I had high hopes for the Chenyuan Hao Yiwu, which is supposedly a pretty small run and made with good material. We compared it with Zhou Yu’s Red Label from the same year, region unknown. The result is rather surprising – it was no contest. Zhou Yu wins hands down. The Yiwu, while decent, is quite commonplace – it’s not that hard to find teas like it (CGHT, for example). Zhou Yu’s tea, on the other hand, has some “special sauce” in it.

3) Chenyuan Hao 2006 Nannuo

This tea starts out really promising, nice taste and all, but somehow drops off rather quickly into a somewhat sour and thin tea that isn’t very good at all. I inquired afterwards about its price, and turns out it’s rather cheap for a small run 2006 tea. No wonder.

4) Chenyuan Hao 2001 Yiwu

Something is really weird with this tea. I’m not sure if it’s the storage or the original material, but it’s quite disappointing – given that it’s 12 years old and from a maker that does make nice teas. If you have a cake like this, it’s a waste of 12 years.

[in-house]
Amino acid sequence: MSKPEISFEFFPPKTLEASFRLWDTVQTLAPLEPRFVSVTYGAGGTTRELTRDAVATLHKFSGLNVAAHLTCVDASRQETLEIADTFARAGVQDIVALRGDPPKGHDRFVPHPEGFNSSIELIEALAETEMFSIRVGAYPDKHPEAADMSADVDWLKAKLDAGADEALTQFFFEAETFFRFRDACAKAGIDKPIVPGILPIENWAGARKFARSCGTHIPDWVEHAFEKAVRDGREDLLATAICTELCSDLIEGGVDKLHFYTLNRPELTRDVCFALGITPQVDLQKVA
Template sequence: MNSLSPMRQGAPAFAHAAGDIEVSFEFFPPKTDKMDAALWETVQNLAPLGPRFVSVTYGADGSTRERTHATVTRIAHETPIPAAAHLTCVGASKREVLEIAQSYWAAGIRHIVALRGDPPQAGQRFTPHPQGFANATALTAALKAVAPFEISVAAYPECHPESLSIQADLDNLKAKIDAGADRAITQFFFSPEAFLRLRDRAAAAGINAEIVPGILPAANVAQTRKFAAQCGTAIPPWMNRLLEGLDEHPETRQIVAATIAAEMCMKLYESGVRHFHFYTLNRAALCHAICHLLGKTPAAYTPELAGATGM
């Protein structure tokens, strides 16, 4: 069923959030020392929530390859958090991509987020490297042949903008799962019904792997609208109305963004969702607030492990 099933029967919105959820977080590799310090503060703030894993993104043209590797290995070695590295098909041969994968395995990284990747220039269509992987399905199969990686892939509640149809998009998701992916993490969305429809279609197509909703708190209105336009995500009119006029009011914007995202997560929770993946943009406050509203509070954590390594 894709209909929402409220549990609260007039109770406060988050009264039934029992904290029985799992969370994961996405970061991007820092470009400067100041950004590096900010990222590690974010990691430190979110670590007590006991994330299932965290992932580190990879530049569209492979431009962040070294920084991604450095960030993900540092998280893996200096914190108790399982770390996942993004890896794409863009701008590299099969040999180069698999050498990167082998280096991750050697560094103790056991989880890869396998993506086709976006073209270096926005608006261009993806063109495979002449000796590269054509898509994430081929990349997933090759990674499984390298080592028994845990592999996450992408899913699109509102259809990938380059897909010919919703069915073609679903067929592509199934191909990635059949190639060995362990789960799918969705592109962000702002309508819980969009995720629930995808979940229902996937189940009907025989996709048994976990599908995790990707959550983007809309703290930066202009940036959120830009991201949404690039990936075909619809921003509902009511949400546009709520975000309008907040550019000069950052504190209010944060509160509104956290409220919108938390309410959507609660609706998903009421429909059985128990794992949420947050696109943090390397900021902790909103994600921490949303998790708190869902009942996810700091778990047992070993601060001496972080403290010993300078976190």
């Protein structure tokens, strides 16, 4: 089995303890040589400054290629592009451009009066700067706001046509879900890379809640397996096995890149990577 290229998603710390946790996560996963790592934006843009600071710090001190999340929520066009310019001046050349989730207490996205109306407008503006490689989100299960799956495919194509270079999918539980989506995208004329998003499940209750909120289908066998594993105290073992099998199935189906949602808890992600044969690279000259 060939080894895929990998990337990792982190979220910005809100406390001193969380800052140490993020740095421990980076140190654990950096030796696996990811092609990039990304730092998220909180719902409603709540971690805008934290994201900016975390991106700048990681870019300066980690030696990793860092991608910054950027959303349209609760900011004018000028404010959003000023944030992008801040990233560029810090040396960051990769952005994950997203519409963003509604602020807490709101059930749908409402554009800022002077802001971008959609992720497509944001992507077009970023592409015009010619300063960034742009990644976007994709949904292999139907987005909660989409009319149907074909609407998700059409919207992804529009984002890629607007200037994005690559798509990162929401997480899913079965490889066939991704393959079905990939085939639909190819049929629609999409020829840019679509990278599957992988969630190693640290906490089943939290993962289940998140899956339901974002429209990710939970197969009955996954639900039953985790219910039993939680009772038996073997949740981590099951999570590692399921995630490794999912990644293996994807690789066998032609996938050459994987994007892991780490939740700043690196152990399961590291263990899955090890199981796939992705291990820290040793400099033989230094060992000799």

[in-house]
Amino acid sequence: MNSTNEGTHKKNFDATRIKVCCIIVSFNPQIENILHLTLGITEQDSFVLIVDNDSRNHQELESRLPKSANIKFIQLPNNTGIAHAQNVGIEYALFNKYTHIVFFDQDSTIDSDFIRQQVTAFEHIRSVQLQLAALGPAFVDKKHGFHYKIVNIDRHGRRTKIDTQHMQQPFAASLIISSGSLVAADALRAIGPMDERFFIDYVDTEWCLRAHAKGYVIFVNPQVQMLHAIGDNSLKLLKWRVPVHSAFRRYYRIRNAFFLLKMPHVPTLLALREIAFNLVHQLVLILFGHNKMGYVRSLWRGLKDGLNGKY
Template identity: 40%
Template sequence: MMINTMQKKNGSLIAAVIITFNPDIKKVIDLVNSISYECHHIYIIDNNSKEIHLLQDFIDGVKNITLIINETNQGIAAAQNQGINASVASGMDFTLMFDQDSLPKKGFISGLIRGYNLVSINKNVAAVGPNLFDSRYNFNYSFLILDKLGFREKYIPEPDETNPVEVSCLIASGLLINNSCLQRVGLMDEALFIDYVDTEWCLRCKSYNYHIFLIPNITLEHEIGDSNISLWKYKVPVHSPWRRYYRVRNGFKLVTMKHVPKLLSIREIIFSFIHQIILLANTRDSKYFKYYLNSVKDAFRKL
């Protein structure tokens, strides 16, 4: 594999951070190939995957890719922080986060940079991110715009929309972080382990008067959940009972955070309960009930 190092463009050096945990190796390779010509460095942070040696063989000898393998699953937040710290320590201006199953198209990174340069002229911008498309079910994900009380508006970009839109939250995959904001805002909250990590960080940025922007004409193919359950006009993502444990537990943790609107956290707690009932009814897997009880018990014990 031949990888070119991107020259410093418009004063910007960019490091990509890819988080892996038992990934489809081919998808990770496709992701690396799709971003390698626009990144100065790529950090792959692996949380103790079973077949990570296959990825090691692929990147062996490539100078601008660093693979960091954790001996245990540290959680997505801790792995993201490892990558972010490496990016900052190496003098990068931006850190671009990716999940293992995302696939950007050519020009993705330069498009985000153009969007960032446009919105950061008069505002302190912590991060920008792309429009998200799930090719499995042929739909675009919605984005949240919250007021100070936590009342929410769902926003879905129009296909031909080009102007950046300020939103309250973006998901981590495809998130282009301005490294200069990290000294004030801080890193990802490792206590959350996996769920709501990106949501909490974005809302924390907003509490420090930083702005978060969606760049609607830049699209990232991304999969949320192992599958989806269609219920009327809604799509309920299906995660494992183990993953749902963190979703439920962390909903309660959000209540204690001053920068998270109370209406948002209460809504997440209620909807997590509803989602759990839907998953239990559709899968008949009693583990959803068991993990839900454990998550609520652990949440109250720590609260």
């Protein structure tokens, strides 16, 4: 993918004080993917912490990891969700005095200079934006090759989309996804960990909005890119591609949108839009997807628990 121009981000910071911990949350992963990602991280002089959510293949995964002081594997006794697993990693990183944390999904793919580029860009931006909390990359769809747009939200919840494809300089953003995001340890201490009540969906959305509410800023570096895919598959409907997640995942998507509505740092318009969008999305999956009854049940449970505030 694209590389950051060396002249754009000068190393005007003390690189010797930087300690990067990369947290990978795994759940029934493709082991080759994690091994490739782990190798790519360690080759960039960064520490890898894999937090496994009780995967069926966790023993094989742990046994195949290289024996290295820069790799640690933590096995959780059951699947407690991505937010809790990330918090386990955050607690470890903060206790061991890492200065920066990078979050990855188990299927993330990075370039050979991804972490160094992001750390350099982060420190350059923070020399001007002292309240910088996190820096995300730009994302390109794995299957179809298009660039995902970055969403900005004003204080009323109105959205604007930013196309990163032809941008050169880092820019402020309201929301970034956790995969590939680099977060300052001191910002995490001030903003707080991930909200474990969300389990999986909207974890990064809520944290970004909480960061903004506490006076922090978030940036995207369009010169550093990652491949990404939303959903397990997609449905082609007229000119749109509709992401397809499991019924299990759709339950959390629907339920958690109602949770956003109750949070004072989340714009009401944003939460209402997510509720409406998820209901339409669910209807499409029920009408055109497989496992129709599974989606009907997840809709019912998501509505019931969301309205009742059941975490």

Categories: Teas
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The retaste project 14: 2003 Menghai Early Spring Arbor Tree

May 1, 2013 · 3 Comments

Speaking of silly prices, here’s one.

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This is a tea that I have been holding on to for the past few years. Tim of the Mandarin’s Tea Room visited me, or perhaps I visited him, and somehow I ended up with half a cake of this (Tim, you want it back?). I think he wrote about this somewhere on his blog, although I can’t find it for the life of me. The tea has been consumed a number of times by the time I got it. I haven’t really tried it since.